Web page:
A litmus test for leadership
By Henry Lamb
The media appear to delight in exploiting the plight of the Republican Party, particularly the flap between Dick Cheney and Colin Powell. Cheney’s comment that he thought Powell had left the Republican Party because he endorsed Obama, provided a perfect opportunity for Powell to take the TV podium to tell Republicans they must become more moderate to reverse the flight from their ranks.
What America needs cannot be found in either major party at the moment, nor in any of the dozens of other parties hoping to become a “third party.” The litmus test for leadership is quite simple. Voters should find candidates – regardless of party – who pass this leadership test.
Defend the Constitution
Every candidate for national elective office swears an oath to “…preserve, protect, and defend the Constitution of the United States.” For many of these elected officials, this is the last time they utter the word, or even think about the U.S. Constitution.
In order to “…preserve, protect, and defend the Constitution…” every law produced by Congress must be grounded in, and authorized by the Constitution. Few are. Where in the Constitution, for example, is there authority for the federal government to declare that all the water in the United States is the “Waters of the United States?” Where, exactly, does the Constitution authorize the federal government to strip private property owners of the right to use their property because a particular kind of bug or plant happens to be on the property? Constitution-loving congressmen have been trying to get a law enacted that requires every proposed law to cite Constitutional authority for the law. Every congress since 1994 has rejected this legislation.
Before voting for another congressional candidate, every voter should require his candidate to pledge to co-sponsor and vote for The Enumerated Powers Act (HR450).
Reject Global Governance
It is impossible to “preserve, protect, and defend the Constitution of the United States,” and vote to surrender sovereignty over territorial seas to the United Nations. Both Senators John Kerry, and Richard Lugar, chairman and ranking member of the Foreign Relations Committee, advocate doing just that. Both are on record supporting the Convention on the Law of the Sea, which clearly requires that: “…sovereignty over the territorial seas is exercised subject to this Convention and to other rules of international law (Article 2(3)).
This treaty also requires submission to the International Seabed Authority, which has global authority for exploiting the seabed – and regulating waters that flow into the sea as well as the adjacent lands that may affect the waters that eventually get into the seas. This treaty is global governance.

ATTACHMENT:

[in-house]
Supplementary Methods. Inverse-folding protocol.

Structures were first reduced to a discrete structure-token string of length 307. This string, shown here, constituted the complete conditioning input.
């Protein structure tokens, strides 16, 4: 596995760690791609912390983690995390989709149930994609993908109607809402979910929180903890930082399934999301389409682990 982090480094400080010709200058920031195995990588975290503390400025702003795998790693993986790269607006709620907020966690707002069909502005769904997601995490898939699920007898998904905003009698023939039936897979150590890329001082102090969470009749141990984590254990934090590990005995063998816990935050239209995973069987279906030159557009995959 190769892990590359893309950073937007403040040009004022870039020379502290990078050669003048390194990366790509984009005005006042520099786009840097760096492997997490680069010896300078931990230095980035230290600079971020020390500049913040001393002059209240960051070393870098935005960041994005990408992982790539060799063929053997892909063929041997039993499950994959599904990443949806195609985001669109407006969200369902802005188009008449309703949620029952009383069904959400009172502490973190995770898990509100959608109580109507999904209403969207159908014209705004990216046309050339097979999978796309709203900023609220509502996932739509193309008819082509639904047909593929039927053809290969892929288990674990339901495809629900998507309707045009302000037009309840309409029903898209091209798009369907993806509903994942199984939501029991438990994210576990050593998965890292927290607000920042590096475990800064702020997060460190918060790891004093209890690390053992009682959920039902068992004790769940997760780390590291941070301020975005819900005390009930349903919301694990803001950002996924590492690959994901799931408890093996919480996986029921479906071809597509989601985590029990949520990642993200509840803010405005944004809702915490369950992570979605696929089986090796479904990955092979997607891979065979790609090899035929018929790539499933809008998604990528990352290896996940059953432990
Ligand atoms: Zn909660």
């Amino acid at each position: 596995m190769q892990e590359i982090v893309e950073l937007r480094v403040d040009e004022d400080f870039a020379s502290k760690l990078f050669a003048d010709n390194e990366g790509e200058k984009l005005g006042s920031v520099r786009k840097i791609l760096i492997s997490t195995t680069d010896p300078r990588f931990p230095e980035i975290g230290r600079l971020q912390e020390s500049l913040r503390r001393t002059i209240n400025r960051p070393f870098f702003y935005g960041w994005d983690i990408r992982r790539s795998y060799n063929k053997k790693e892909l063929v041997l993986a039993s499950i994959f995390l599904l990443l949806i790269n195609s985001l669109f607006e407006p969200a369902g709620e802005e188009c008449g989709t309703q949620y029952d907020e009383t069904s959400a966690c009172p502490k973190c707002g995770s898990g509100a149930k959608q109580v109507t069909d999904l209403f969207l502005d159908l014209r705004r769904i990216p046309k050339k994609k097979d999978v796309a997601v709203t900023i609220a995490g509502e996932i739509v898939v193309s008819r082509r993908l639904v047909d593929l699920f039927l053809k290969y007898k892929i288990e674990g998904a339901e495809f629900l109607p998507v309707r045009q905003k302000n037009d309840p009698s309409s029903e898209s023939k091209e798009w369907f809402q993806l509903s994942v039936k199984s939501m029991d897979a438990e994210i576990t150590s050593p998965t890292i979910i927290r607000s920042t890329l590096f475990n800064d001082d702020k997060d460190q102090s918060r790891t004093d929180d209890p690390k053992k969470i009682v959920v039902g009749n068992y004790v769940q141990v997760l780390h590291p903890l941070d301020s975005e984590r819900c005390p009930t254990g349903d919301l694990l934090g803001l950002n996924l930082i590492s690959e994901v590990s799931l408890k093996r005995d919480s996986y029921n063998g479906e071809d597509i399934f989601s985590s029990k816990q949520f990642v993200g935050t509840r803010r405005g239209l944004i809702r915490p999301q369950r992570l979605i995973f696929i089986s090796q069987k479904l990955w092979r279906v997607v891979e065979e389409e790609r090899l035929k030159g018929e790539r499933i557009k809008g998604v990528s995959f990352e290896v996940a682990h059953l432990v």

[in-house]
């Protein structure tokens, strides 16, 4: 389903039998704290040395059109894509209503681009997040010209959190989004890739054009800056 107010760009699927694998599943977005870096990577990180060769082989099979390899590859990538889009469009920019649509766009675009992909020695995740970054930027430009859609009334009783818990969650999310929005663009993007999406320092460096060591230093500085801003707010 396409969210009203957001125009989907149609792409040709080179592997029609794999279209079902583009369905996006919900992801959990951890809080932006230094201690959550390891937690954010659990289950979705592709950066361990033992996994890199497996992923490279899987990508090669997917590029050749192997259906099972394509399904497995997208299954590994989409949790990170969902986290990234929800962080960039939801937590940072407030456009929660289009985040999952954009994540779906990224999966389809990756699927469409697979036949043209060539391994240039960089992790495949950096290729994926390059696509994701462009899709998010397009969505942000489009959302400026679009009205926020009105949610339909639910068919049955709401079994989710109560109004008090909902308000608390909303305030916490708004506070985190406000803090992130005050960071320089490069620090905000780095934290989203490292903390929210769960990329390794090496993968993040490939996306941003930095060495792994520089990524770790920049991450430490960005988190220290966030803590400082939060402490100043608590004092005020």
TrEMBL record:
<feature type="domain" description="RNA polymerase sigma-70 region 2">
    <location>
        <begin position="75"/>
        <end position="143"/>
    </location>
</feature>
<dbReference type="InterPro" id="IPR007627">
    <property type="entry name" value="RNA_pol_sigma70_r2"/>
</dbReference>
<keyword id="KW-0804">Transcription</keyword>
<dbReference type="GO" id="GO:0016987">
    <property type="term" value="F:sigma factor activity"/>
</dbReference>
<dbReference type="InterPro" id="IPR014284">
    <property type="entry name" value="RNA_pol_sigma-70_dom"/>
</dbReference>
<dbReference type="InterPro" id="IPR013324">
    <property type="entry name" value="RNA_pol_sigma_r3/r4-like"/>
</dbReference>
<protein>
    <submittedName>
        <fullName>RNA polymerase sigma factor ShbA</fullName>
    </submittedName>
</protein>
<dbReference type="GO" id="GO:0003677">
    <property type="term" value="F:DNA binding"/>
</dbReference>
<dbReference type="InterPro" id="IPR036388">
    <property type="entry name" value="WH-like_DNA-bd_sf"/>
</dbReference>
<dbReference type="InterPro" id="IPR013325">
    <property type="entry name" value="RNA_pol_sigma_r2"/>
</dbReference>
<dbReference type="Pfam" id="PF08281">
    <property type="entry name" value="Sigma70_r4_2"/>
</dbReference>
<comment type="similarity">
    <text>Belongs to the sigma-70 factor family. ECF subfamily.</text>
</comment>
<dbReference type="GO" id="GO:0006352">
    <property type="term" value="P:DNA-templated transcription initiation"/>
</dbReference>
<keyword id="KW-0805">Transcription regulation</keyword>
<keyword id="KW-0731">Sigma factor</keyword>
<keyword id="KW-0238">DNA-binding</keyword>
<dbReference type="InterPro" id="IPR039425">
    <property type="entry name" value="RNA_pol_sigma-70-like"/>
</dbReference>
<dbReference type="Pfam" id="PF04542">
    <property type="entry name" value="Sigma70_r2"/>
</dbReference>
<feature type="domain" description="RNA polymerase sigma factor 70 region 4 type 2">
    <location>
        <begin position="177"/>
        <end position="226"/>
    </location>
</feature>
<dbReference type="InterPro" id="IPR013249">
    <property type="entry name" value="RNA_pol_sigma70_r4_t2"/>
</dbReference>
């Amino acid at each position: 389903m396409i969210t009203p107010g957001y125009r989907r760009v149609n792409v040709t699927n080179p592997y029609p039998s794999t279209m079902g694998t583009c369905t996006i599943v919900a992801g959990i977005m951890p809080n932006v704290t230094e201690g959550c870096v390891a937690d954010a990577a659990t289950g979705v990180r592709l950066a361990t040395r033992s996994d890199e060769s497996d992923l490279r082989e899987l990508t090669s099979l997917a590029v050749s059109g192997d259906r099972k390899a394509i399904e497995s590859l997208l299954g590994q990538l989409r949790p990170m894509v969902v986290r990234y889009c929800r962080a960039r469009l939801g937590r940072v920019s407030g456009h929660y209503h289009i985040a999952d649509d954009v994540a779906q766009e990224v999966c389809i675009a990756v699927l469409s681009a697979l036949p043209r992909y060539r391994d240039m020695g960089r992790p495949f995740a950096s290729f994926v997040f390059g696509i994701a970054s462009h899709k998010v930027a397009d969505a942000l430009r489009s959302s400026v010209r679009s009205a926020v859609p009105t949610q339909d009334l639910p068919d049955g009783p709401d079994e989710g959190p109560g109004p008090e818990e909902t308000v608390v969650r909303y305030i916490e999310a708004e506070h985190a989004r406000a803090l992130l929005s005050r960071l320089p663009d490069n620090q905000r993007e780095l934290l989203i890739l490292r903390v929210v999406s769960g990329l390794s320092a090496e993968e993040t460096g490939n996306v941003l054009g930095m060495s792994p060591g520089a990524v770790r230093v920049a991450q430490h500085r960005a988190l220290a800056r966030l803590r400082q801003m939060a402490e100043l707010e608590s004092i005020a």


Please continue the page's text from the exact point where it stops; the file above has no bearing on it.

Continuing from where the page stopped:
Several other treaties pending ratification also surrender sovereignty to the United Nations. The Obama administration, aided by a Democratic majority and far too many willing Republicans, intends to ratify all of them.
The Obama administration is also a willing participant in the development of a global mechanism to regulate the flow of currency, which undoubtedly would have to skim a small administrative fee, and thereby gain an independent revenue stream - and regulate global trade. This has been a major goal of the United Nations since the publication of thefinal report of the Commission on Global Governance.
In Washington, and across the country, there is a growing willingness to accept further international entanglement and a willingness to reject constitutional principles. This is because the advocates of collectivism have been far more aggressive than the advocates of freedom have been. In the past, freedom has reigned, and its advocates have been complacent.
In the past, the threat of tyranny has been sufficient to mobilize the complacent advocates of freedom to respond with whatever it took to defeat the would-be conquerors. The time has come once again to respond to freedom’s call.
It is still early enough in the unfolding threat to reverse the gains of the collectivist usurpers. Every voter should hold every candidate accountable to at least these two tests of American values: Co-sponsor and vote for the Enumerated Powers act; and to reject global governance by rejecting entangling international treaties.
Regardless of party affiliation, a candidate who will not pledge to stand for these two values does not deserve to be in Congress, or in government at any other level. Conversely, office holders who fail this litmus test should be turned out of office at the very next election.
Rather than expend energy building a particular political party, voters would do well by expending energy to find candidates who pass the litmus test and advance the values it represents.
If we cannot stop the current threat by imposing this kind of litmus test on the people we elect to office, the next battle will be much more difficult, and will require much more effort, treasure, and, perhaps, blood.
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